New homes built alongside or attached to existing homes



  1. Our New Homes policy would not exclude the existing wall from Warranty cover, as it forms part of the 'continuous structure'.
  2. The existing wall and its foundation may be structurally unsound.
  3. If the two homes are not constructed independently, there could be differential movement. This may potentially cause structural damage to one or both homes and may affect the weatherproofing of both buildings.
  4. The existing wall may not adequately resist the passage of sound.
  5. The existing wall may lack the necessary damp proofing.
  6. If a new leaf is not to be built, it is necessary to inform the client that the existing wall is a 'Party Wall' and that they are required to comply with the Party Wall etc. Act 1996.



In most cases, the new home should be an independent structure (this would also be our preference) with a new wall constructed alongside the existing wall. The new wall should be supported on a new foundation, independent of the existing foundation, which will require an Engineer's design.

No load bearing components shall be built into or be supported by the existing structure.

However, there may be situations where it is possible to retain the existing external wall as a new separating wall. In these cases:

  1. There should be a Party Wall Agreement (not Scotland) in place, drawn up under the Party Wall etc. Act 1996 and this should be made available to our Underwriters. Please note that this requirement will be relevant where the applicant is not the owner of the adjoining property.
  2. Confirmation will be required that the separating wall meets the relevant requirements of the Building Regulations i.e. for structural stability and sound resistance. Details and specifications to confirm how they achieve compliance will be required. A Structural Engineer's report may be necessary in some cases to prove the structural stability of the wall.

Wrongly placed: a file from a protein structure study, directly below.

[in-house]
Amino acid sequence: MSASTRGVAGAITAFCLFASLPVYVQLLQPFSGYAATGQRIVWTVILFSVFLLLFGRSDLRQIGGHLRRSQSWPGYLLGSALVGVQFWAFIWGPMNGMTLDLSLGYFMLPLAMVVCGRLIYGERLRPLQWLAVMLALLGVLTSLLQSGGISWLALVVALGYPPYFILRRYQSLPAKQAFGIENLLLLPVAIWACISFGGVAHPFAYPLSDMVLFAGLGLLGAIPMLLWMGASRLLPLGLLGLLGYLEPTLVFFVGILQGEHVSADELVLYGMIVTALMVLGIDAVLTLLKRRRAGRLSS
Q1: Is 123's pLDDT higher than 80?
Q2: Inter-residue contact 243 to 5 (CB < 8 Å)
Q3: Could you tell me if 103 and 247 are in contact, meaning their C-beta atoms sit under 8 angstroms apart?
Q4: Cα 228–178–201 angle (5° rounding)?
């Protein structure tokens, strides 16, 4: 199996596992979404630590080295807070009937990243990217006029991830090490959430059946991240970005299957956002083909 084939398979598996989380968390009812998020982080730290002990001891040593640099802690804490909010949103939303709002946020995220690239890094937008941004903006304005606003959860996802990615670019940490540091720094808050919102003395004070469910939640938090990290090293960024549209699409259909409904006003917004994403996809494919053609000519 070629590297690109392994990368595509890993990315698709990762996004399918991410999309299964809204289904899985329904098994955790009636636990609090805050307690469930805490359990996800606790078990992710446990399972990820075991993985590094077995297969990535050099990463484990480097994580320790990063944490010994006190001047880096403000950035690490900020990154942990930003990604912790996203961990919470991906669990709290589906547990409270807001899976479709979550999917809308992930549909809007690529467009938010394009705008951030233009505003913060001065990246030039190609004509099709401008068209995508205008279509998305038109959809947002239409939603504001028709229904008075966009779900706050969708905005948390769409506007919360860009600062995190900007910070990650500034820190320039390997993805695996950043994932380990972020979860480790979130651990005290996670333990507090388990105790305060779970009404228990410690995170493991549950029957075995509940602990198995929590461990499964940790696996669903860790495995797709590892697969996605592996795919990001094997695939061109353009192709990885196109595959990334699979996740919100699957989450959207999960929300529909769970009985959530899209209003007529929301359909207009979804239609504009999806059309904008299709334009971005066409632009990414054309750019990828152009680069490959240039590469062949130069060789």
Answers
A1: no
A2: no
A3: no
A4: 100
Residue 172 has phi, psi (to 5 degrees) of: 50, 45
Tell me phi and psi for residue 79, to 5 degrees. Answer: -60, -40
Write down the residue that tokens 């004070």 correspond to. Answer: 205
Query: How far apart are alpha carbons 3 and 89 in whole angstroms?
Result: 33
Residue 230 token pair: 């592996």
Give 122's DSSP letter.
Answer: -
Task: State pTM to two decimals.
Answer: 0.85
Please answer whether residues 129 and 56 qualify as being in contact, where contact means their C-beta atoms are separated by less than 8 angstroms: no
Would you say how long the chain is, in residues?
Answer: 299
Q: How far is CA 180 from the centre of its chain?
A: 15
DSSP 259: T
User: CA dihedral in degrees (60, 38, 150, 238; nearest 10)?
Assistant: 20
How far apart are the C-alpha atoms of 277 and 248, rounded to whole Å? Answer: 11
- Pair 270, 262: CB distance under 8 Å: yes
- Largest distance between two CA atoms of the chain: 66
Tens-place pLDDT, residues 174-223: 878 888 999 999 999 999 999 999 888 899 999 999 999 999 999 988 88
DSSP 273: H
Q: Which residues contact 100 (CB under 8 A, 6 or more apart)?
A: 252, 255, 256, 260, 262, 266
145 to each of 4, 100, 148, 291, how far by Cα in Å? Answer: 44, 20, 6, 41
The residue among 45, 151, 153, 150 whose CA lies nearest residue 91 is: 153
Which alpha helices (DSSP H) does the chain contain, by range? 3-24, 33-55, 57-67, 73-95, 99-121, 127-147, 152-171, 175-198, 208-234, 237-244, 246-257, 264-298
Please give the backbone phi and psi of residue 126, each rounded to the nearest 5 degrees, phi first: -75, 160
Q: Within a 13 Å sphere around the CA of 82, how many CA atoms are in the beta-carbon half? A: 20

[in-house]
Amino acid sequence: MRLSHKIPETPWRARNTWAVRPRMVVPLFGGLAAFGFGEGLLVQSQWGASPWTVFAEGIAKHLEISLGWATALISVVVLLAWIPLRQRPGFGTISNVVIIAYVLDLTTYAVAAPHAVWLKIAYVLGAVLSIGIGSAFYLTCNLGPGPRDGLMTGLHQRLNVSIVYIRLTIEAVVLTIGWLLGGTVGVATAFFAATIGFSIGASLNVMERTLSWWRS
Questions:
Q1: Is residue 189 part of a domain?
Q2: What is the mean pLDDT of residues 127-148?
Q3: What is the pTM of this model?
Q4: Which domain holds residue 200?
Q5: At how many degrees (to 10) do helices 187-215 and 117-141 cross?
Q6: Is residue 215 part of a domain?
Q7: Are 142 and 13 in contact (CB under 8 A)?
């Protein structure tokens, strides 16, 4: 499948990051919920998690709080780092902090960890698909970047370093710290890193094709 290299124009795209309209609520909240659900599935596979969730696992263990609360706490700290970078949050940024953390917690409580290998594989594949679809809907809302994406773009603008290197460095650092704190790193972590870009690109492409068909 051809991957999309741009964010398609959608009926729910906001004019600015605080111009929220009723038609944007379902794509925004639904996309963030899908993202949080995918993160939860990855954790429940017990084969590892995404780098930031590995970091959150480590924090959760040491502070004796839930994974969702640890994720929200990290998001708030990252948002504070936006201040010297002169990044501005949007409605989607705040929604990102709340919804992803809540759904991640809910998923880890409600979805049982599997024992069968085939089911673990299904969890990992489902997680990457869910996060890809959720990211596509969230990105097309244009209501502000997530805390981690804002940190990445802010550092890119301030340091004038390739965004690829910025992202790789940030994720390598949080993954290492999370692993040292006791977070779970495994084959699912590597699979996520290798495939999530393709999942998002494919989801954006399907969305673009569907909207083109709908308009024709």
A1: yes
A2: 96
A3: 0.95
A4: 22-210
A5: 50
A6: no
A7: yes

3. The junction of the new walls to the existing walls should ensure that dampness cannot track back into the new home or the existing home.
  4. An effective ‘horizontal’ DPC should be present in the existing wall which must be linked to the new DPC and DPM of the new home.
  5. At the junction of the existing and new structures, detailing should allow for differential movement without cracking. Any settlement should be limited to 2-3mm (which would not normally adversely affect the roof covering). A Structural Engineer's report on how this can be achieved will be required, which must take account of the local ground conditions.
  6. Joists, rafters and trusses from the new structure should be independent from the party wall as shown in figure 2.

For more information relating to the above please see ‘Appendix D’ of the Technical Manual.

New homes built alongside, or attached to, existing homes

A question often asked is: Where a new home is built onto the side of an existing home, can we provide Warranty cover and, is it necessary for a new leaf of wall to be constructed on an independent foundation adjacent to the separating wall?

The following information is intended to clarify what our requirements are for newly built ‘attached’ dwellings.

Due to the quote generation technical review process, any issues with building alongside/attached to an existing structure is usually dealt with at quote stage. However, designs can change so it is important to be aware of this issue.

There are different answers to different scenarios.

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Every care was taken to ensure information in this article was correct at the time of writing (DATE). Guidance provided does not replace the reader’s professional judgement and any construction project should comply with the relevant building regulations or applicable technical standards. For the most up to date LABC Warranty technical guidance please refer to your risk management surveyor and the latest version of the LABC Warranty Technical Manual.

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